We propose this prospective single armed trial to evaluate the efficacy and safety of dabigatran in the treatment of malignancy associated VTE. We will compare the result with our historical control who were treated with LMWH.
|Study Type :||Interventional (Clinical Trial)|
|Estimated Enrollment :||99 participants|
|Intervention Model:||Single Group Assignment|
|Masking:||None (Open Label)|
|Official Title:||A Prospective Study of Dabigatran Etexilate as Primary Treatment of Malignancy Associated Venous Thromboembolism|
|Actual Study Start Date :||September 1, 2017|
|Estimated Primary Completion Date :||May 31, 2021|
|Estimated Study Completion Date :||December 31, 2021|
Experimental: Dabigatran etexilate & Tinzaparin
Tinzaparin 175 iu/kg daily will be started after the diagnosis of VTE is confirmed dabigatran 150mg twice daily from Day 6 onward till 6 months after underlying disease remission.
Drug: Dabigatran etexilate
Pradaxa 150 mg hard capsules
Other Name: Pradaxa
Tinzaparin 175 iu/kg daily will be started after the diagnosis of VTE is confirmed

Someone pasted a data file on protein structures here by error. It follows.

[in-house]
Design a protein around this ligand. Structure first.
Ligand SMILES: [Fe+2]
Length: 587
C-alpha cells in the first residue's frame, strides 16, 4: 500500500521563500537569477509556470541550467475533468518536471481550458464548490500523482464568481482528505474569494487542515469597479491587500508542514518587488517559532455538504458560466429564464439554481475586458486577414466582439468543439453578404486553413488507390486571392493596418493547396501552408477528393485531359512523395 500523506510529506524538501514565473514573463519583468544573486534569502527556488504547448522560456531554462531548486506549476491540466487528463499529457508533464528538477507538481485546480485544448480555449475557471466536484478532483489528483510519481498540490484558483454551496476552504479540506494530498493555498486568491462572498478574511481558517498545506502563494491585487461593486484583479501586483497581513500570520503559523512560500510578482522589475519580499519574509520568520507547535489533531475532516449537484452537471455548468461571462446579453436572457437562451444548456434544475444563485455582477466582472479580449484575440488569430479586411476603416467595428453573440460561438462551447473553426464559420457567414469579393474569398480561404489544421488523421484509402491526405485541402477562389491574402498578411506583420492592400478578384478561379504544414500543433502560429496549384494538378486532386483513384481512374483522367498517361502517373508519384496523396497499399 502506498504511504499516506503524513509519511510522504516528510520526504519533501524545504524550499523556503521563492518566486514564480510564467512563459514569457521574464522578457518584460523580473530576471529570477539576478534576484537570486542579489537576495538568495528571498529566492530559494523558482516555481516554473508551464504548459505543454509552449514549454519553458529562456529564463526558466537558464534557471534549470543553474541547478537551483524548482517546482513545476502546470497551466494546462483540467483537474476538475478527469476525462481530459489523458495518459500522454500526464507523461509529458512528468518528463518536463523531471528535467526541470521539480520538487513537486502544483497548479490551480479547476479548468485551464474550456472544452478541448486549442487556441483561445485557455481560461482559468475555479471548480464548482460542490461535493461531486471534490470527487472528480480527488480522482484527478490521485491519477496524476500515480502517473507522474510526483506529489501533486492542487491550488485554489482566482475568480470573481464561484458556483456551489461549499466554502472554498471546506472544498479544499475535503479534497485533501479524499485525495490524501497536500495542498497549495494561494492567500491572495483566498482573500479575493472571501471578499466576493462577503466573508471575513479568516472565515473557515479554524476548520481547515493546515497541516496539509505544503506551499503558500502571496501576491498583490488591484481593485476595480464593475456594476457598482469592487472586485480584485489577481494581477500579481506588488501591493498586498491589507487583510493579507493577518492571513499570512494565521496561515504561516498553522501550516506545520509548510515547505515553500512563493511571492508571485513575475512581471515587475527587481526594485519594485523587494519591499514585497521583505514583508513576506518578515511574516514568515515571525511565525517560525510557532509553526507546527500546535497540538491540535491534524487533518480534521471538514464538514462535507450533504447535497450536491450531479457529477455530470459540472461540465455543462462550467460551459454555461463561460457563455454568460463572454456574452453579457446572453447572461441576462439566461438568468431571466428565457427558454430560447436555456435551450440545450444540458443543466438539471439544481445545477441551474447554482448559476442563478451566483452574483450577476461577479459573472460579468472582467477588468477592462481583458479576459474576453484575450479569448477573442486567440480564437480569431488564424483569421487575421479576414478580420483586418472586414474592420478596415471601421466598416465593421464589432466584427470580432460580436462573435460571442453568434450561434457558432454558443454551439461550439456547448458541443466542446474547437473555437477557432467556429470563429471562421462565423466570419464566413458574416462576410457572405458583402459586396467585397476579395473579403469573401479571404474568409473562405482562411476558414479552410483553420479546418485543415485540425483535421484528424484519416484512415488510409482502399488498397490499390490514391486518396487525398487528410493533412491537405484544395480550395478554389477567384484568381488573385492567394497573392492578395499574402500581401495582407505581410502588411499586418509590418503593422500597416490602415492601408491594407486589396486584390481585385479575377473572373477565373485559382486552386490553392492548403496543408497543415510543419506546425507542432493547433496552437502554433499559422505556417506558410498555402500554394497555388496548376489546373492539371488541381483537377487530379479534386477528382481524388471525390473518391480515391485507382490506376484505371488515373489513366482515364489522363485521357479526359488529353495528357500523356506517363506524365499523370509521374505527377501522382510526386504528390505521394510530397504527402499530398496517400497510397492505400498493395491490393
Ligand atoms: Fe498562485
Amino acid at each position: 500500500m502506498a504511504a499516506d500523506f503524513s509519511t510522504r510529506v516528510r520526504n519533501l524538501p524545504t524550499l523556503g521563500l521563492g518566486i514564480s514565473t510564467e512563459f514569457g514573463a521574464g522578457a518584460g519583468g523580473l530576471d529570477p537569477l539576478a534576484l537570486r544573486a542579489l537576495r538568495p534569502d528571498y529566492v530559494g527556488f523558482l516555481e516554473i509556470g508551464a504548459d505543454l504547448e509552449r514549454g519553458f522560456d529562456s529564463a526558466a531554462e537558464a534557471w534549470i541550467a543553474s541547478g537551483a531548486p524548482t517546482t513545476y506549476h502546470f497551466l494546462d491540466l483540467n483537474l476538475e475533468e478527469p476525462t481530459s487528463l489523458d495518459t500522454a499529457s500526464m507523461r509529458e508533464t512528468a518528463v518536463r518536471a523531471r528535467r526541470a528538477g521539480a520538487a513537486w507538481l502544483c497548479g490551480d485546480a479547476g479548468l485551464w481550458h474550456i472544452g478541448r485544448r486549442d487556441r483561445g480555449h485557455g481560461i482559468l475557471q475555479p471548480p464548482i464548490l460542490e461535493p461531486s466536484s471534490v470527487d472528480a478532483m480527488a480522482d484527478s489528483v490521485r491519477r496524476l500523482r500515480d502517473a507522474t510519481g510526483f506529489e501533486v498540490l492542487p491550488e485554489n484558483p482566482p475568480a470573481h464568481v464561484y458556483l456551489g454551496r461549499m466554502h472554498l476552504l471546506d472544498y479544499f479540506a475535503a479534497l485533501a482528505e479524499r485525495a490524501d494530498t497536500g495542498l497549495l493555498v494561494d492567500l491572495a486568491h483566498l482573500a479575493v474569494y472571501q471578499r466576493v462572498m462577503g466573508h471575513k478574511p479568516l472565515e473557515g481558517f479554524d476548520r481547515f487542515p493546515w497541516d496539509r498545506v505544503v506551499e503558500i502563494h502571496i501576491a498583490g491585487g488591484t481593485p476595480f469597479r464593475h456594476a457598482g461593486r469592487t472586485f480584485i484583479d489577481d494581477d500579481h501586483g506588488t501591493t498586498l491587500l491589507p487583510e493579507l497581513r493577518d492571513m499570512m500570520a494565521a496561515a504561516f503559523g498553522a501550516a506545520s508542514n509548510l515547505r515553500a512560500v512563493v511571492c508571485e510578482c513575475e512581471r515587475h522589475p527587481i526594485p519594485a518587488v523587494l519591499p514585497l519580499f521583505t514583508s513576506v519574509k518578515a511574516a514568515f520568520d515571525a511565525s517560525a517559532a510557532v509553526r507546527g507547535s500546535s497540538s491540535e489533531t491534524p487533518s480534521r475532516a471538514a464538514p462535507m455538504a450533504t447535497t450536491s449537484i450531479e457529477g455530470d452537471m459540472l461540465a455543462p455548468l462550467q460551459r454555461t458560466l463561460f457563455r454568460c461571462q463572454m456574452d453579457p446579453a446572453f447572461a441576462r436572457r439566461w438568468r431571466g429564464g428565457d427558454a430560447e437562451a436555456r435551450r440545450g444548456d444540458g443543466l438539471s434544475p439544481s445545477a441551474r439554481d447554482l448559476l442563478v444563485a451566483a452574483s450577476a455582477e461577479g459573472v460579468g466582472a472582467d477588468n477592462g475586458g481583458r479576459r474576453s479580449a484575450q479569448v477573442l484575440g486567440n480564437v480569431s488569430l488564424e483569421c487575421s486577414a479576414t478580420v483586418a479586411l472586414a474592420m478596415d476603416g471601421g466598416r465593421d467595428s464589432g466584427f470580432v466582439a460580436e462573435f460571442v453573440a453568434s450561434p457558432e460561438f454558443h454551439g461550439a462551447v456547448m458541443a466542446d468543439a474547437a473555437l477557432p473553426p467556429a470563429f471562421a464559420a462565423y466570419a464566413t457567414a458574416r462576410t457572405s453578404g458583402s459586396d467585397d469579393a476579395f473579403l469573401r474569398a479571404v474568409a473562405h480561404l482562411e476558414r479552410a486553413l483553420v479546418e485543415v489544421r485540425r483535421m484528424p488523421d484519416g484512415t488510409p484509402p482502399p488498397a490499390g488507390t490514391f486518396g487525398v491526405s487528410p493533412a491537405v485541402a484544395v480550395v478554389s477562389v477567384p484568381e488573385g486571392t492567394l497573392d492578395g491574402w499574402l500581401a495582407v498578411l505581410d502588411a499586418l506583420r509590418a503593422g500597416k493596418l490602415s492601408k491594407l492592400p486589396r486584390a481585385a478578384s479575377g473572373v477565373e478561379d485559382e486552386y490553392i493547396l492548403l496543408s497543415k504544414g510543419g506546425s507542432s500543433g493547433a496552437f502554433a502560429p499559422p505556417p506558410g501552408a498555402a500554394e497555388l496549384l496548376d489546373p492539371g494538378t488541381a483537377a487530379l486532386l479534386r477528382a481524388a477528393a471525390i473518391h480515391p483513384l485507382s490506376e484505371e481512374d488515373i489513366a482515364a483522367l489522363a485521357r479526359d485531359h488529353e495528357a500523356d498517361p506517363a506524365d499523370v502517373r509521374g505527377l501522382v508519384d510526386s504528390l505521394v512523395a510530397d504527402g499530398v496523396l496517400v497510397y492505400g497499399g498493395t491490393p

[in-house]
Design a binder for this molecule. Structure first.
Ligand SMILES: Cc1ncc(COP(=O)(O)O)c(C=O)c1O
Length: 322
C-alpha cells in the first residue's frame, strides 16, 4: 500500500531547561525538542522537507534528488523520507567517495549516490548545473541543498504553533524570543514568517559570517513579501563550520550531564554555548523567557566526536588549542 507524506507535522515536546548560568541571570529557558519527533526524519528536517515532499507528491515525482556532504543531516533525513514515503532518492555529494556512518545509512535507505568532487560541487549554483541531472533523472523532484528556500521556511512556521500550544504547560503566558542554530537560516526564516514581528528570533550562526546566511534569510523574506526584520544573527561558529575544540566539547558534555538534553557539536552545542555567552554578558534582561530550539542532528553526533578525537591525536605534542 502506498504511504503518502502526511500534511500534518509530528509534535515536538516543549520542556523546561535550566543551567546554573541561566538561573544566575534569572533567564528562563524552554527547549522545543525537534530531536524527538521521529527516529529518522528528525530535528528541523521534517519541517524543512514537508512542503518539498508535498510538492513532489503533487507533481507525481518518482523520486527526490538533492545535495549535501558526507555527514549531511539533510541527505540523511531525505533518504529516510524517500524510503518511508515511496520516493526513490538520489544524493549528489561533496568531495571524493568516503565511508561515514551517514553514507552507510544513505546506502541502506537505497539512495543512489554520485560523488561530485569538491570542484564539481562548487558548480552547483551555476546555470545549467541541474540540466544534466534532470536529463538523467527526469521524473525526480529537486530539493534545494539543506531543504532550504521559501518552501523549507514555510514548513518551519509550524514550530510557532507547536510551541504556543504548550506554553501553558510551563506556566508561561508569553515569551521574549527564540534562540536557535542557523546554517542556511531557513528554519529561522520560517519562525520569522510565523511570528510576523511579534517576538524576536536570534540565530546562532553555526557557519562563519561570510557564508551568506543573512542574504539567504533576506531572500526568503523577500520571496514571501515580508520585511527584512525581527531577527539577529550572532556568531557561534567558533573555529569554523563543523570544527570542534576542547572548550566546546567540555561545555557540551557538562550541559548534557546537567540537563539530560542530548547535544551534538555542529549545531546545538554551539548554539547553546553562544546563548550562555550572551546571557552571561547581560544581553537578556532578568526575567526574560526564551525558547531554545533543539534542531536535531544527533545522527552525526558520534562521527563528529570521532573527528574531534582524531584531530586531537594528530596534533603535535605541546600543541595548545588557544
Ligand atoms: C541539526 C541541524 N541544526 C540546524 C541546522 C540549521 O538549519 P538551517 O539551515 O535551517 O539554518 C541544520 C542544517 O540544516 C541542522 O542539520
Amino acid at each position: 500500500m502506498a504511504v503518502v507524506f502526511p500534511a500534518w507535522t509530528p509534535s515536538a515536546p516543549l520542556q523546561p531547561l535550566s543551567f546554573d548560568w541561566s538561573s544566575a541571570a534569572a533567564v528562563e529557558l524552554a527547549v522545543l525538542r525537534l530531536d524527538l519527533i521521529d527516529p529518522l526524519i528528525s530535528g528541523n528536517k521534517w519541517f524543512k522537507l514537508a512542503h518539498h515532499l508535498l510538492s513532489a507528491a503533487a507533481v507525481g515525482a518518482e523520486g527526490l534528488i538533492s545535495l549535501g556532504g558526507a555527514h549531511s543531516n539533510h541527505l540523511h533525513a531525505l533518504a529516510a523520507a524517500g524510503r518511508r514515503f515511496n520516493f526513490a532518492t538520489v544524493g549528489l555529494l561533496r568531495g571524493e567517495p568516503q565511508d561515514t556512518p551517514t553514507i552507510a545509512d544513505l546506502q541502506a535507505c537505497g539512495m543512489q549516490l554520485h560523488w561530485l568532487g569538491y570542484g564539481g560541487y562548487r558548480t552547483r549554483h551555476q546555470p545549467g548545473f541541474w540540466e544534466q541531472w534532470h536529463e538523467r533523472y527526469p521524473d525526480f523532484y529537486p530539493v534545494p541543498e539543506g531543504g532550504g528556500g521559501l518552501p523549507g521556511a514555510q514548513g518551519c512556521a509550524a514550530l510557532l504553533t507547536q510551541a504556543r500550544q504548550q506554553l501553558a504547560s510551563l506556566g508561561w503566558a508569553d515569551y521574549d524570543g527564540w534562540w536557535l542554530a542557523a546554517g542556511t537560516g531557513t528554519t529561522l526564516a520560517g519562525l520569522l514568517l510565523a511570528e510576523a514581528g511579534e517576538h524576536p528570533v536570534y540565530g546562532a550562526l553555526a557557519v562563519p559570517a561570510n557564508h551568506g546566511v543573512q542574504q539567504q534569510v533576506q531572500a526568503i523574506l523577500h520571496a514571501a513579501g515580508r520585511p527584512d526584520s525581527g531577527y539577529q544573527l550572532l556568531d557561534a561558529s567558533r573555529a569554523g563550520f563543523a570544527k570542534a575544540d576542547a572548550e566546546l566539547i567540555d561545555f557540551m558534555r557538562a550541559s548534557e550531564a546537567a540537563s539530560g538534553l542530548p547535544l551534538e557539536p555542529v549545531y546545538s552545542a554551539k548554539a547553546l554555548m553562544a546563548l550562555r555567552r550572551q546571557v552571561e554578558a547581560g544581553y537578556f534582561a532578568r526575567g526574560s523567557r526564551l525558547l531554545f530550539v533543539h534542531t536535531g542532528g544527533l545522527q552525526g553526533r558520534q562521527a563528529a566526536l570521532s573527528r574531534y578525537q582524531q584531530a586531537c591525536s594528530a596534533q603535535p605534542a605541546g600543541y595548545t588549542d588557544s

- Number of patients with symptomatic VTE [ Time Frame: up to 2 years ]first episode of objectively documented symptomatic recurrent VTE (deep vein thrombosis, pulmonary embolism)
- number of mortality, clinically relevant major and non-major bleeding [ Time Frame: up to 2 years ]bleeding (major and non-major) and death
To learn more about this study, you or your doctor may contact the study research staff using the contact information provided by the sponsor.
Please refer to this study by its ClinicalTrials.gov identifier (NCT number): NCT03240120
|Contact: Gloria Hwang, MBBS||852 22553111 ext email@example.com|
|Contact: Crosby Lu, MMedSc||852 22553111 ext firstname.lastname@example.org|
|The University of Hong Kong||Recruiting|
|Hong Kong, Hong Kong|
|Contact: Gloria Hwang, MBBS 852 22553111 ext 4826 email@example.com|
|Contact: Crosby Lu, MMedSc 852 22553111 ext 1654 firstname.lastname@example.org|
|Principal Investigator:||Gloria Hwang, MBBS||The University of Hong Kong|